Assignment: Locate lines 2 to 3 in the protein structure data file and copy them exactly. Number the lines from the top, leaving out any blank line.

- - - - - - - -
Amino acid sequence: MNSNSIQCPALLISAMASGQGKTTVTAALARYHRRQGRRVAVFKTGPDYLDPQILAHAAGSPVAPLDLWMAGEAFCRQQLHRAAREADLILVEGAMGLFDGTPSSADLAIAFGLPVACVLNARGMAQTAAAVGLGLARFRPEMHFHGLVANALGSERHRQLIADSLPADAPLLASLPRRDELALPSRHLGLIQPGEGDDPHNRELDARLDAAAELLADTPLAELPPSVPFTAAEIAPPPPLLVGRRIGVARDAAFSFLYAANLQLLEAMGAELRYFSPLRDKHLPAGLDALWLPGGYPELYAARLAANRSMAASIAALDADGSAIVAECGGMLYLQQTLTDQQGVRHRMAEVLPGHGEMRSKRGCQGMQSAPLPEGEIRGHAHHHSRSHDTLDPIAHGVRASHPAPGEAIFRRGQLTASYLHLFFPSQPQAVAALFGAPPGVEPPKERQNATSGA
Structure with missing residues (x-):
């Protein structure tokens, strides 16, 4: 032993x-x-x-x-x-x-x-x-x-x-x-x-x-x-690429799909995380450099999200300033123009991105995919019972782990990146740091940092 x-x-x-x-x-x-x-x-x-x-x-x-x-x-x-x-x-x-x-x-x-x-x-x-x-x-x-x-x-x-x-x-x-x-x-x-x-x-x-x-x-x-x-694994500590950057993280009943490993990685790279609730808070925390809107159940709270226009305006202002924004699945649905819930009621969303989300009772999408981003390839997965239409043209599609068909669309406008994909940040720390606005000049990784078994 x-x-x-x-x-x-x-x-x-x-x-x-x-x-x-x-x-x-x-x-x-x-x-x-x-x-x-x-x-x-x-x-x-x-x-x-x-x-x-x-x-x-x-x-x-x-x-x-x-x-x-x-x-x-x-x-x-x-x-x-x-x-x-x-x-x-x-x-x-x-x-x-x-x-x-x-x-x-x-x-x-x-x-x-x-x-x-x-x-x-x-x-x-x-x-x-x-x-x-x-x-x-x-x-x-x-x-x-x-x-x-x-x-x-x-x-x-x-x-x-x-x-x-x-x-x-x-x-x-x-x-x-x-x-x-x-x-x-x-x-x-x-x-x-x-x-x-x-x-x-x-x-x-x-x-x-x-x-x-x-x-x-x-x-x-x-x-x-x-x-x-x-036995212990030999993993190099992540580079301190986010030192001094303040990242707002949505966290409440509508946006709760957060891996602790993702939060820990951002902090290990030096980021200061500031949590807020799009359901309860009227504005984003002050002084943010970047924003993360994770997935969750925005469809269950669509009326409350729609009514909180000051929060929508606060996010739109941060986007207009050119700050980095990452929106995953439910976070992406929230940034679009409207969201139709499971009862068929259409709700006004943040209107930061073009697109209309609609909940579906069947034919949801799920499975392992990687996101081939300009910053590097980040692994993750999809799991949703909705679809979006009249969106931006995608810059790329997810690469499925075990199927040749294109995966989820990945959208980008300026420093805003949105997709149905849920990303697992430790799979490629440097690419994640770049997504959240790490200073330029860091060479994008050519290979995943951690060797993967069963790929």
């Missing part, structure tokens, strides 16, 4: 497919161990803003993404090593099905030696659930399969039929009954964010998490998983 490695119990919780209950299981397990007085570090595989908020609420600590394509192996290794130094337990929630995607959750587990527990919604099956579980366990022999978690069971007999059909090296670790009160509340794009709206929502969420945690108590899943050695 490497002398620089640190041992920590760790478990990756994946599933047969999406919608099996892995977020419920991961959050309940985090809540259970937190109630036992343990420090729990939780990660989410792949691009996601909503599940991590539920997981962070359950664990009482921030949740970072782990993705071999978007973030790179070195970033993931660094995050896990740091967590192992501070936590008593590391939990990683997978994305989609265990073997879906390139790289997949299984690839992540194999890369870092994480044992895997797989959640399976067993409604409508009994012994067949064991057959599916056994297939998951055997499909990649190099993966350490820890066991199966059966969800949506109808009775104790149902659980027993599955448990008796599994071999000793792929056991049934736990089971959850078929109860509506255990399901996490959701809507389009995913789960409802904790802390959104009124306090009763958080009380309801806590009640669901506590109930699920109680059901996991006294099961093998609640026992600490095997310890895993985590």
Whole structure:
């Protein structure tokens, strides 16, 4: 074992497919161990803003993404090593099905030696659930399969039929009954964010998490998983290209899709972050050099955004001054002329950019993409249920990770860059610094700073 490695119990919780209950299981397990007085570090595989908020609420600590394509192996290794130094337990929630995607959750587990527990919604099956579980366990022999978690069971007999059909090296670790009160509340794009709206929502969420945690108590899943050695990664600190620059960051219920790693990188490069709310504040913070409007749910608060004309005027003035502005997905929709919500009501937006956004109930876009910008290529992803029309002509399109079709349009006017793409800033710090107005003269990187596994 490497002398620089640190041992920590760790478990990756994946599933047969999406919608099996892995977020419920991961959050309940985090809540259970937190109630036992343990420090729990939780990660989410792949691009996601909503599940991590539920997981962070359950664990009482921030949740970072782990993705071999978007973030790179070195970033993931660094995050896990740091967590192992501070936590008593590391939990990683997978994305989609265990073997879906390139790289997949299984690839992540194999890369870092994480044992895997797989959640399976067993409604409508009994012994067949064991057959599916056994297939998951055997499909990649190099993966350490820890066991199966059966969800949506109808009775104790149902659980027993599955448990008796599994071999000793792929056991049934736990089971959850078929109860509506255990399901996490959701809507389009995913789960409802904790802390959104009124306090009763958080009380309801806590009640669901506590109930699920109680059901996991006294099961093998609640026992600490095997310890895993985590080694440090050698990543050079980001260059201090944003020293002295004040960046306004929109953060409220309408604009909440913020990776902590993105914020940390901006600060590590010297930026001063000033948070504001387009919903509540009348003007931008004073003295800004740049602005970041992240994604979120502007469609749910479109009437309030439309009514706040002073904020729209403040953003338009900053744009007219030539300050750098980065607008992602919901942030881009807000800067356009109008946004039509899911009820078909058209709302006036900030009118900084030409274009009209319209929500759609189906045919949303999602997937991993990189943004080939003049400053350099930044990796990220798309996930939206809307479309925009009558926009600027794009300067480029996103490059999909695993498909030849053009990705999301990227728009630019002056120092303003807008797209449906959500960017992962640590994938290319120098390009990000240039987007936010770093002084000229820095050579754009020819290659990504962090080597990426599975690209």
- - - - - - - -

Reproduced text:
Structure with missing residues (x-):
């Protein structure tokens, strides 16, 4: 032993x-x-x-x-x-x-x-x-x-x-x-x-x-x-690429799909995380450099999200300033123009991105995919019972782990990146740091940092 x-x-x-x-x-x-x-x-x-x-x-x-x-x-x-x-x-x-x-x-x-x-x-x-x-x-x-x-x-x-x-x-x-x-x-x-x-x-x-x-x-x-x-694994500590950057993280009943490993990685790279609730808070925390809107159940709270226009305006202002924004699945649905819930009621969303989300009772999408981003390839997965239409043209599609068909669309406008994909940040720390606005000049990784078994 x-x-x-x-x-x-x-x-x-x-x-x-x-x-x-x-x-x-x-x-x-x-x-x-x-x-x-x-x-x-x-x-x-x-x-x-x-x-x-x-x-x-x-x-x-x-x-x-x-x-x-x-x-x-x-x-x-x-x-x-x-x-x-x-x-x-x-x-x-x-x-x-x-x-x-x-x-x-x-x-x-x-x-x-x-x-x-x-x-x-x-x-x-x-x-x-x-x-x-x-x-x-x-x-x-x-x-x-x-x-x-x-x-x-x-x-x-x-x-x-x-x-x-x-x-x-x-x-x-x-x-x-x-x-x-x-x-x-x-x-x-x-x-x-x-x-x-x-x-x-x-x-x-x-x-x-x-x-x-x-x-x-x-x-x-x-x-x-x-x-x-x-036995212990030999993993190099992540580079301190986010030192001094303040990242707002949505966290409440509508946006709760957060891996602790993702939060820990951002902090290990030096980021200061500031949590807020799009359901309860009227504005984003002050002084943010970047924003993360994770997935969750925005469809269950669509009326409350729609009514909180000051929060929508606060996010739109941060986007207009050119700050980095990452929106995953439910976070992406929230940034679009409207969201139709499971009862068929259409709700006004943040209107930061073009697109209309609609909940579906069947034919949801799920499975392992990687996101081939300009910053590097980040692994993750999809799991949703909705679809979006009249969106931006995608810059790329997810690469499925075990199927040749294109995966989820990945959208980008300026420093805003949105997709149905849920990303697992430790799979490629440097690419994640770049997504959240790490200073330029860091060479994008050519290979995943951690060797993967069963790929």